The ILO already has in place norms embedded in its Constitution and eight staple conventions.  These conventions are split into four main categories, consisting of two conventions in each: freedom of association and collective bargaining, elimination of forced and compulsory labor, elimination of discrimination in respect of employment and occupation (the main concern here), and abolition of child labor.[6] There are 183 countries part of the ILO and the amount of those countries which ratified the eight key treaties range from 150 to 173 countries accordingly.[7]

This substantial agreement on rights sets a framework in which the ILO can enforce these rights through agreements of unions on the ground in different countries.  Different trades, and their leading unions in respective countries, can use the ILO as a way of communicating and regulating union agreements on the ground.  The conflict between immigration law and labor law can be resolved through the ILO directing and guiding unions to agree to the rights system already in place under the organization.  Although most countries agree to these rights, workers who migrate, either coming from or going to a country that doesn’t, can still have these rights ensured.  Practically, the ILO can oversee and facilitate, through local union participation, lateral agreements between employers and employees that include these rights.  This approach will overcome the practical limitations of establishing that first communication between unions on the ground in providing a forum where these local unions can come together and promote the framework of worker protection.  This will center the structure on workers’ rights and provide unions a broader, stronger means of protecting the workers they represent.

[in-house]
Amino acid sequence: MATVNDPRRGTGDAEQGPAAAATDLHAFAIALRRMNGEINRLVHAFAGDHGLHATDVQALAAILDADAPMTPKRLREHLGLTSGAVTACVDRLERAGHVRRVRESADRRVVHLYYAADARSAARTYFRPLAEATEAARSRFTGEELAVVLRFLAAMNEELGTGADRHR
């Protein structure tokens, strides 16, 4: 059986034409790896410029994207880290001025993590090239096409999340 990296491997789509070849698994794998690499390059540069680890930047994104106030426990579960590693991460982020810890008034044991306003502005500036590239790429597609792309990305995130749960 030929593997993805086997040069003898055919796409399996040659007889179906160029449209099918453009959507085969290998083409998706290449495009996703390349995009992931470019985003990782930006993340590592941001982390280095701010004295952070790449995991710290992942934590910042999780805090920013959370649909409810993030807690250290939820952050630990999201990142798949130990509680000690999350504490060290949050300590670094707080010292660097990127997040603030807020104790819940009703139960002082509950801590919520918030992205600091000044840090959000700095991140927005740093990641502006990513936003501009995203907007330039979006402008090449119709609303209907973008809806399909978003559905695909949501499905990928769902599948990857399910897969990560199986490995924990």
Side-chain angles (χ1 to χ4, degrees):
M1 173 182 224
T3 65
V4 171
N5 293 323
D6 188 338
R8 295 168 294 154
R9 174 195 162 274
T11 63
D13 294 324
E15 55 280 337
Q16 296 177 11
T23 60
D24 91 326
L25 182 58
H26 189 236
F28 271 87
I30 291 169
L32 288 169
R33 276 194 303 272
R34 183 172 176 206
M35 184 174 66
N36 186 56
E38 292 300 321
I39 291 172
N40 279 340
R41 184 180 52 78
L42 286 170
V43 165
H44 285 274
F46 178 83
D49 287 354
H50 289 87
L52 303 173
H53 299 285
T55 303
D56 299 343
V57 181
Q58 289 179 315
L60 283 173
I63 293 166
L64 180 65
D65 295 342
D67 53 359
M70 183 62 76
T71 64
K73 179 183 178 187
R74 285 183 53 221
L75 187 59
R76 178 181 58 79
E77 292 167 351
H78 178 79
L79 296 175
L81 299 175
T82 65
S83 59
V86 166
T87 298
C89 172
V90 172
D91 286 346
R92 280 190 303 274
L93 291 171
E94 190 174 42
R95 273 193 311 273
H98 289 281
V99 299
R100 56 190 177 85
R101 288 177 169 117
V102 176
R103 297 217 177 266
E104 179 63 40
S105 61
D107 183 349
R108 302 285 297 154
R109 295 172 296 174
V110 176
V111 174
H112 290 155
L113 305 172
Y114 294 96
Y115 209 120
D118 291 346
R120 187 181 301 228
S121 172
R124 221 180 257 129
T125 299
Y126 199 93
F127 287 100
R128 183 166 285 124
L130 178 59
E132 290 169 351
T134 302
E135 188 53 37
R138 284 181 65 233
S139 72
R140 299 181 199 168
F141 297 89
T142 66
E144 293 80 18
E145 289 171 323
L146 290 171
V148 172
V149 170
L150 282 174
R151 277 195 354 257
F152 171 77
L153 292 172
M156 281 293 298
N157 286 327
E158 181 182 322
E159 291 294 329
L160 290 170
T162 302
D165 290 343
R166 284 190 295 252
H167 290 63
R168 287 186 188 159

Professor Gordon presented some key concepts on reforming the structure that governs the relationship between immigration law and workplace protections.  The participation of the ILO can help further, what I feel is her most promising proposition: to use union agreements on the ground in order to enforce migrant worker protections.  Unfortunately, in reality an overhaul of the structure is and will be difficult.  But, being the founder of Workplace Project in New York, it is hard to believe she will give up trying, leaving much hope for future advocates.


[1] Michael Fletcher and Darryl Fears, Bush Pushes Guest-Worker Program, Washington Post, Nov. 29, 2005, available at http://www.washingtonpost.com/wp-dyn/content/article/2005/11/28/AR2005112800067.html.

[2] Marianne Staniunas, All Employees are Equal, But Some Employees are More Equal Than Others, 6 U. PA. J. LAB. & EMP. L. 393, 424 (2004).

[3] Organization of American States, American Convention on Human Rights: General Information of the Treaty, http://www.oas.org/juridico/english/sigs/b-32.html (last visited Nov. 24, 2010).

[4] American Convention on Human Rights, art. 22 (1), Nov. 22, 1969.

[5] Quintus Perera, Trade Union Agreements to Ensure Migrant Worker Rights, Asian Tribune, May 8, 2009, available at www.asiantribune.com/?q=node/1733.

[6] Janice R. Ballace, The Future of Employee Representation in America: Enabling Freedom of Association in the Workplace in Changing Times Through Statutory Reform, 5 U. PA. J. LAB. & EMP. L. 1, 29 (2002).

[7] International Labour Organisation, Ratifications, http://www.ilo.org/global/About_the_ILO/lang–en/index.htm (last visited Nov. 24, 2010).